Question 1: Is it really a week since I blogged last?
Question 2: Where would we be without rhetorical questions?
Yesterday, Joanne celebrated her 49th birthday. Unfortunately, both Jenny and I miscalculated how long it would take for the presents we’d bought online to reach this rocky outpost in the Atlantic and for that reason she still hasn’t had any gifts. Poor Joanne! Maybe we’ll get a chance to make up for things at the weekend.
This has been a tired week. Basically, I’ve been going about in a bit of a daze. Oh, I’m not down or anything. I’m still bugged by a bit of pain in my left knee so I haven’t resumed running yet – again, maybe in a day or two – so I’ve been at a bit of a loose end. All I’ve really done this week was visit Bruce on Tuesday night for a little bit of a play on the guitars.
As I was leaving Bruce’s place we had an short conversation which can be summarised thus:
Gordon: I have a problem with my self confidence. If someone tells me they think I’m a good singer I accept it there and then but then afterwards I’m sure they’re only being nice to me.
Bruce: Yes, so that when someone tells you they like you, you’ll eventually convince yourself that what they’re actually saying is ‘you’re crap’.
G: So … next time someone tells us the band is really good, we say - ?
B: - Are you saying we’re crap?
The rather odd flip side of this is that whenever people tell me they thought something I’ve done was rubbish I always take that at face value. Strange that. I’m one of those people who always wants to think the worst about himself. I know I’m not alone in this. I guess I’m just a sensitive soul. Then again perhaps I need therapy.
People tend to think I know all about computers, their intricacies, what to do when something goes wrong with them … I don’t. This myth got about because people assume that because I used to have a successful website that I must know the technicalities inside out. Let me put it this way: I drive a car but I only have a vague idea of what’s happening under the bonnet.
One thing is true: I spend a lot of time either on the computer, downloading stuff to my computer, listening to music on my computer and so on. But when I say ‘I spend a lot of time’ what I really mean is that I spend probably about the same amount of time at the computer as another person might spend watching the television.
For the life of me I can’t remember the last time I actually wrote a letter to a friend, put it in an envelope, bought and stamp and posted it. All my written communication with friends happens through the computer. I’ve met people who actually think this is awful but I’m not sure why. Maybe they’re Luddites or they think and email lacks value somehow.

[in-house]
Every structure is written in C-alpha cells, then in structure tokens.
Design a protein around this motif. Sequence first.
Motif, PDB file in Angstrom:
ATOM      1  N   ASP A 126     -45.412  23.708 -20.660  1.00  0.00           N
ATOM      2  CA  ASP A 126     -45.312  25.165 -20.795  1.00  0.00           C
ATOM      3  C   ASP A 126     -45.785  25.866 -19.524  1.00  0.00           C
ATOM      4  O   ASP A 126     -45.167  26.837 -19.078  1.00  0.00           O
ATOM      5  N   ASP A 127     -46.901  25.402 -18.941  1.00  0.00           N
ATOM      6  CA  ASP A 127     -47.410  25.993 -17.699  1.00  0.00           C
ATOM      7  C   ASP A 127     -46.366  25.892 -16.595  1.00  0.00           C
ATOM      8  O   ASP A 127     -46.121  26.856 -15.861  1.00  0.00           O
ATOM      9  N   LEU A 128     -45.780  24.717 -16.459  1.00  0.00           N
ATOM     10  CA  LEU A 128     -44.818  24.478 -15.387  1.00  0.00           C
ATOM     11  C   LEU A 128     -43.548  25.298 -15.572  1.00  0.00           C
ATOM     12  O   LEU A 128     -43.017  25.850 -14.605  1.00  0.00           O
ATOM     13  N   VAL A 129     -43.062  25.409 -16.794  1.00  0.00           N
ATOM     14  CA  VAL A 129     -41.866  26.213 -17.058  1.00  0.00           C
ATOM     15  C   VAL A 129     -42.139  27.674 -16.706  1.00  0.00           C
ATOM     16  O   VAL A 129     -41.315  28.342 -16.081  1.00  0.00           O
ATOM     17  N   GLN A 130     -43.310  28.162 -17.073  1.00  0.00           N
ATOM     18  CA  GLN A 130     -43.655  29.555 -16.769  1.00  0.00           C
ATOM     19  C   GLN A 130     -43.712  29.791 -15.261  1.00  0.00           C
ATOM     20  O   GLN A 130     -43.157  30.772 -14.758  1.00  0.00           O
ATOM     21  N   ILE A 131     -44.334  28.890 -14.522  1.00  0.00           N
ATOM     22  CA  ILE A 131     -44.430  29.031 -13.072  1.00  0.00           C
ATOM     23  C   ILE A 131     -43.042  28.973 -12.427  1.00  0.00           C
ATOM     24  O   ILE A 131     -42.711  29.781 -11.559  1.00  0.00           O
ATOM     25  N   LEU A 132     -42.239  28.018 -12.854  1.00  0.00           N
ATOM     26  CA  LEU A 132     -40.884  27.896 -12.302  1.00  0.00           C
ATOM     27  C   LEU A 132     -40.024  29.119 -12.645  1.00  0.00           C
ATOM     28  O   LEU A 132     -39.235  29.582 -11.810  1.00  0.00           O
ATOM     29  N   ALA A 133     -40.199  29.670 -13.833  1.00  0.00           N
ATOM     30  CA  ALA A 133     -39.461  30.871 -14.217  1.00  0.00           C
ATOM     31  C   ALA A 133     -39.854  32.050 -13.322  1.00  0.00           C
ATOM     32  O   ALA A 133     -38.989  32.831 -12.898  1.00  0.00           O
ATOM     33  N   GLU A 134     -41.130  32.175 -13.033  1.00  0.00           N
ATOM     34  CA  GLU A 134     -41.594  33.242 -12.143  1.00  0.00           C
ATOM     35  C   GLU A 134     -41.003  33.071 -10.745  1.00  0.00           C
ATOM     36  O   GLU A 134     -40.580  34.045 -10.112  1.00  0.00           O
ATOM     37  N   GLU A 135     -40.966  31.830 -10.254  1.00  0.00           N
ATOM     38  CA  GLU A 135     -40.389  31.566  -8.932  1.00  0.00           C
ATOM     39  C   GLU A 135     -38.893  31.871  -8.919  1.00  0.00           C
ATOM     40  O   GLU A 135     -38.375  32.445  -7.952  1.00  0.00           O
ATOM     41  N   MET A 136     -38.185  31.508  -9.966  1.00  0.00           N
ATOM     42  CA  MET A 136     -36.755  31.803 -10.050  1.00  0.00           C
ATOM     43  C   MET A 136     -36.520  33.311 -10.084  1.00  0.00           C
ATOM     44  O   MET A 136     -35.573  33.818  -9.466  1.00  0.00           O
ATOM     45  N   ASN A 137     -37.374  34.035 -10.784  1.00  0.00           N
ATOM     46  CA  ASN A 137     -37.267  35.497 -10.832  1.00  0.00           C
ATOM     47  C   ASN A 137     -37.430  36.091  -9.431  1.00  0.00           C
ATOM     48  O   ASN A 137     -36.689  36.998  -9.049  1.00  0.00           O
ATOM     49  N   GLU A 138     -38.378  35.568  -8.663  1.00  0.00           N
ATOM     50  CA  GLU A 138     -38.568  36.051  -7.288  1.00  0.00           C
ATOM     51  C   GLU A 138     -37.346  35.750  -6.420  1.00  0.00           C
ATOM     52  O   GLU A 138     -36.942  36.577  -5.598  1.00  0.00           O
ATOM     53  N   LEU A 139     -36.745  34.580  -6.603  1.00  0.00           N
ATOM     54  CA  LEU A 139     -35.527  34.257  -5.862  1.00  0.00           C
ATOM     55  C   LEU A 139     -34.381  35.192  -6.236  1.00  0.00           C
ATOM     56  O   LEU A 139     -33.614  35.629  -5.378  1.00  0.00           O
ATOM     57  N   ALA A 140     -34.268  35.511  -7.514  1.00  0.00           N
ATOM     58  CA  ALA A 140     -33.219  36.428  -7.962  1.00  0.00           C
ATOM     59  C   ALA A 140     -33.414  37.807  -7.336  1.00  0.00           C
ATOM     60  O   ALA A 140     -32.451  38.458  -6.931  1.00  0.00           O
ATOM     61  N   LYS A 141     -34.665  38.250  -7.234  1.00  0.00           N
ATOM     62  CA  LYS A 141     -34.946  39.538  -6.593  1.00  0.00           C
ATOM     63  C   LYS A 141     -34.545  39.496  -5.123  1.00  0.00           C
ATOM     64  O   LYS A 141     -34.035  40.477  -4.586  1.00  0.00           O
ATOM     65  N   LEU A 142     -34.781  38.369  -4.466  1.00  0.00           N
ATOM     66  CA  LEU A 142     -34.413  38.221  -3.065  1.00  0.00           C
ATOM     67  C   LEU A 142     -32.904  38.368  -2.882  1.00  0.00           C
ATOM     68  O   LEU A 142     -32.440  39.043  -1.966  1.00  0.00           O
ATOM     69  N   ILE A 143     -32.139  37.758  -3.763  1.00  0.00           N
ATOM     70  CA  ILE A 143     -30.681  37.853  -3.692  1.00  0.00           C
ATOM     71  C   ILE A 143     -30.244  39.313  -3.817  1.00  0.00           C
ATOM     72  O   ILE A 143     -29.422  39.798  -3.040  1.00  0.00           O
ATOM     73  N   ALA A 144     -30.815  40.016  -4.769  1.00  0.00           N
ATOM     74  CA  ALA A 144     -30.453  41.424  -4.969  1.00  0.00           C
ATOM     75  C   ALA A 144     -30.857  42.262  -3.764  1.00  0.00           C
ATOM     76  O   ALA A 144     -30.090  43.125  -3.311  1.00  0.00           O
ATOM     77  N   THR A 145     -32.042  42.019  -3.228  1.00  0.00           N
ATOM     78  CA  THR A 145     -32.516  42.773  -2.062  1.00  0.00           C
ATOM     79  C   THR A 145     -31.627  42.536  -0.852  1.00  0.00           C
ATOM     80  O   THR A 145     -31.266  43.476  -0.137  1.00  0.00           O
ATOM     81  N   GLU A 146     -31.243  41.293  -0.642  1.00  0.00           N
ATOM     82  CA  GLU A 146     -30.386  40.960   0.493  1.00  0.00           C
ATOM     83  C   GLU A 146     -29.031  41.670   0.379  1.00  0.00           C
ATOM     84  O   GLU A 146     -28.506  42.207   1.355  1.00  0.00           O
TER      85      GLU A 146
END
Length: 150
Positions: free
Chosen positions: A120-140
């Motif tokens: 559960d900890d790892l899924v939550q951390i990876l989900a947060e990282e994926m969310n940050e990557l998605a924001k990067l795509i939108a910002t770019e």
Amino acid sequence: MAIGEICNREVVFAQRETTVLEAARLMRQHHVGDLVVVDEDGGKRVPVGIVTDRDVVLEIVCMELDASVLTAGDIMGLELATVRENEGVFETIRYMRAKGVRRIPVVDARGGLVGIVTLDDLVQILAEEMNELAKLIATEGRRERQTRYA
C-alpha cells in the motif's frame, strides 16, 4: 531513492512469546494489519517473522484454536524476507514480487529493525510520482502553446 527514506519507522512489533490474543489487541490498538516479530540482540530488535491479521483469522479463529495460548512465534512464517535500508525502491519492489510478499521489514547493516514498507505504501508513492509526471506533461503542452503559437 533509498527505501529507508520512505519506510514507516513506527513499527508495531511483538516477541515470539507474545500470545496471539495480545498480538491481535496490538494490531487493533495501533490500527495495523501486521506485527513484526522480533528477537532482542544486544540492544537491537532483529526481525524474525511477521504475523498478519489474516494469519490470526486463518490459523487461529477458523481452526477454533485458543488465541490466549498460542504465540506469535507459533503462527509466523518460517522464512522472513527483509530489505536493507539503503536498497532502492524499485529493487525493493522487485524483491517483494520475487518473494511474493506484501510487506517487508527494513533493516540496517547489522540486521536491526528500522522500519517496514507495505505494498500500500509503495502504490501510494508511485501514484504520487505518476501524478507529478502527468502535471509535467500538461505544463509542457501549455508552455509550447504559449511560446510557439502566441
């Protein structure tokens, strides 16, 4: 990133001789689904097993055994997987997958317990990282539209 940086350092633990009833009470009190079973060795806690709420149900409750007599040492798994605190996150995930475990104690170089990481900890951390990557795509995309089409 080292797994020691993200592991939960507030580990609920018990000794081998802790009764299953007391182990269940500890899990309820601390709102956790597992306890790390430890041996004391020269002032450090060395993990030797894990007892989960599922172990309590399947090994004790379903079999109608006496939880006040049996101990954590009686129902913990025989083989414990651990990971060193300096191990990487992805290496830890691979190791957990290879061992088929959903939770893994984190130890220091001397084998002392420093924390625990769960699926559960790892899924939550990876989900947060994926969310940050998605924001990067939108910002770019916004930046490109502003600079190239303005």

I download a lot of podcasts from the internet, mostly amateur programmes on topics which are dear to me: running and other endurance sports, for instance, or general discussion programmes. I’m a real radio fan and enjoy loads of spoken word broadcasts, particularly the type offered on Radio 4 and Radio 5 but podcasts allow me to zero in exactly on topics which interest me. And the great thing about podcasting is that you can set up your computer to automatically download the latest edition of the programme to your computer.
I’ve ‘ripped’ most of my favourite music in to my laptop. Currently I have about 100 hours of music stored in Mp3 format. This means that when I want to take some music with me on a run or a bike run I just copy the music file in to my Mp3 player.
Then of course there is the internet. I do a lot of shopping on the ‘net but only on sites which are tried and trusted. I’m glad to report that to date I have never had any bad experiences with online shopping. I also keep up to date with news topics I am keen on through Google alerts as well as broadening my mind by having what is undoubtedly the world’s greatest educational resource at my finger tips. That’s not to say that you can believe everything you read on the internet. At least there are so many resources you can pull together when doing any kind of research that you should be able to determine what is true and what isn’t.
Amazingly, someone somewhere is sure to have some kind of an opinion on almost anything you care to be interested in, no matter how bizarre.
A website I’ve been visiting a lot recently is called http://www.wefeelfine.org/ We Feel Fine is a site/programme which trawls blogs like this and looks for complete sentences which contain the words ‘I feel’ or ‘I am feeling’. Once you’ve loaded up the programme hundreds of dots begin to swirl about the screen and when you click on one of these a blogger’s thoughts will appear on the screen. You will be told when the comment was made (always within the last couple of hours) and where.
For some reason, every time I click on one of the swirling dots I get a statement or comment which somehow strikes me as profound. Probably, if I knew the context of the comments this would not be the case. Check it out for yourself.